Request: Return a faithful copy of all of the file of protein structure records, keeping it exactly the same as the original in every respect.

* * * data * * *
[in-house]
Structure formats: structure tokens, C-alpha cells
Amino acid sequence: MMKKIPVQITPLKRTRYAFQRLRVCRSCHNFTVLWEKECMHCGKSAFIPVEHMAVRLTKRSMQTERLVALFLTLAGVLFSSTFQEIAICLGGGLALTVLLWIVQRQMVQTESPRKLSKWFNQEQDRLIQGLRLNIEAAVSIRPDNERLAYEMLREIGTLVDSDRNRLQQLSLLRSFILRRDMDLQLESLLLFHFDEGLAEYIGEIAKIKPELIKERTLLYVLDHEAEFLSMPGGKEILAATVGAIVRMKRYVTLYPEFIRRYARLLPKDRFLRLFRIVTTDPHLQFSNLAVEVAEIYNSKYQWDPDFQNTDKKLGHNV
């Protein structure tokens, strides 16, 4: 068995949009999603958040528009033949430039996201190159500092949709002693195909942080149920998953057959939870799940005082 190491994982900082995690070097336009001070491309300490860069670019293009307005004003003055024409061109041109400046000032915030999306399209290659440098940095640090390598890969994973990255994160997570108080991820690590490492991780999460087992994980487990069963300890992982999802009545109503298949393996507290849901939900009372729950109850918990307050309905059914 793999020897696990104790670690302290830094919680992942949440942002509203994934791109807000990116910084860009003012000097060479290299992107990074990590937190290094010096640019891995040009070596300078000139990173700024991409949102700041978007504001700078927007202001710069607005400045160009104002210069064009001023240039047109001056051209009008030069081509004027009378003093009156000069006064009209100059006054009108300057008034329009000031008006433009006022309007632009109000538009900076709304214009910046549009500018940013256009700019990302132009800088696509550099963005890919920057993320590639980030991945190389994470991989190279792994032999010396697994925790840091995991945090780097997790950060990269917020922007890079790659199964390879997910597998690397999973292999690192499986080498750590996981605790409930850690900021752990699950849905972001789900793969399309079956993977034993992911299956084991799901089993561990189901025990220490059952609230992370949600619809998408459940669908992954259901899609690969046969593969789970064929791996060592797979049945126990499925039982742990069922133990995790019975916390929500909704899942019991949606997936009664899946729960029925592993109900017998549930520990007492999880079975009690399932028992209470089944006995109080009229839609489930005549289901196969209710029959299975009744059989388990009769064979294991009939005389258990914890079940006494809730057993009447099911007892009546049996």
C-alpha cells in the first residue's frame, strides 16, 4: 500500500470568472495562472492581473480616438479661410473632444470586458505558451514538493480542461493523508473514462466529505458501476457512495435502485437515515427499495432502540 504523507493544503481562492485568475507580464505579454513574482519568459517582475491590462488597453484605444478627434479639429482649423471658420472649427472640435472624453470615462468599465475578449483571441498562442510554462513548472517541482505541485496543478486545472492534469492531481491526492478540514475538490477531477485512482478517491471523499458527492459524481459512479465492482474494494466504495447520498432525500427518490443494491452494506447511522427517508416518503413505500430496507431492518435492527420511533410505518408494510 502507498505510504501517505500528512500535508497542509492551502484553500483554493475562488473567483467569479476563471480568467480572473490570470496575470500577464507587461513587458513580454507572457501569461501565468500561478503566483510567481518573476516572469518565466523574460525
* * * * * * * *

[in-house]
Structure formats: structure tokens, C-alpha cells
Amino acid sequence: MMKKIPVQITPLKRTRYAFQRLRVCRSCHNFTVLWEKECMHCGKSAFIPVEHMAVRLTKRSMQTERLVALFLTLAGVLFSSTFQEIAICLGGGLALTVLLWIVQRQMVQTESPRKLSKWFNQEQDRLIQGLRLNIEAAVSIRPDNERLAYEMLREIGTLVDSDRNRLQQLSLLRSFILRRDMDLQLESLLLFHFDEGLAEYIGEIAKIKPELIKERTLLYVLDHEAEFLSMPGGKEILAATVGAIVRMKRYVTLYPEFIRRYARLLPKDRFLRLFRIVTTDPHLQFSNLAVEVAEIYNSKYQWDPDFQNTDKKLGHNV
């Protein structure tokens, strides 16, 4: 068995949009999603958040528009033949430039996201190159500092949709002693195909942080149920998953057959939870799940005082 190491994982900082995690070097336009001070491309300490860069670019293009307005004003003055024409061109041109400046000032915030999306399209290659440098940095640090390598890969994973990255994160997570108080991820690590490492991780999460087992994980487990069963300890992982999802009545109503298949393996507290849901939900009372729950109850918990307050309905059914 793999020897696990104790670690302290830094919680992942949440942002509203994934791109807000990116910084860009003012000097060479290299992107990074990590937190290094010096640019891995040009070596300078000139990173700024991409949102700041978007504001700078927007202001710069607005400045160009104002210069064009001023240039047109001056051209009008030069081509004027009378003093009156000069006064009209100059006054009108300057008034329009000031008006433009006022309007632009109000538009900076709304214009910046549009500018940013256009700019990302132009800088696509550099963005890919920057993320590639980030991945190389994470991989190279792994032999010396697994925790840091995991945090780097997790950060990269917020922007890079790659199964390879997910597998690397999973292999690192499986080498750590996981605790409930850690900021752990699950849905972001789900793969399309079956993977034993992911299956084991799901089993561990189901025990220490059952609230992370949600619809998408459940669908992954259901899609690969046969593969789970064929791996060592797979049945126990499925039982742990069922133990995790019975916390929500909704899942019991949606997936009664899946729960029925592993109900017998549930520990007492999880079975009690399932028992209470089944006995109080009229839609489930005549289901196969209710029959299975009744059989388990009769064979294991009939005389258990914890079940006494809730057993009447099911007892009546049996």
C-alpha cells in the first residue's frame, strides 16, 4: 500500500470568472495562472492581473480616438479661410473632444470586458505558451514538493480542461493523508473514462466529505458501476457512495435502485437515515427499495432502540 504523507493544503481562492485568475507580464505579454513574482519568459517582475491590462488597453484605444478627434479639429482649423471658420472649427472640435472624453470615462468599465475578449483571441498562442510554462513548472517541482505541485496543478486545472492534469492531481491526492478540514475538490477531477485512482478517491471523499458527492459524481459512479465492482474494494466504495447520498432525500427518490443494491452494506447511522427517508416518503413505500430496507431492518435492527420511533410505518408494510 502507498505510504501517505500528512500535508497542509492551502484553500483554493475562488473567483467569479476563471480568467480572473490570470496575470500577464507587461513587458513580454507572457501569461501565468500561478503566483510567481518573476516572469518565466523574460525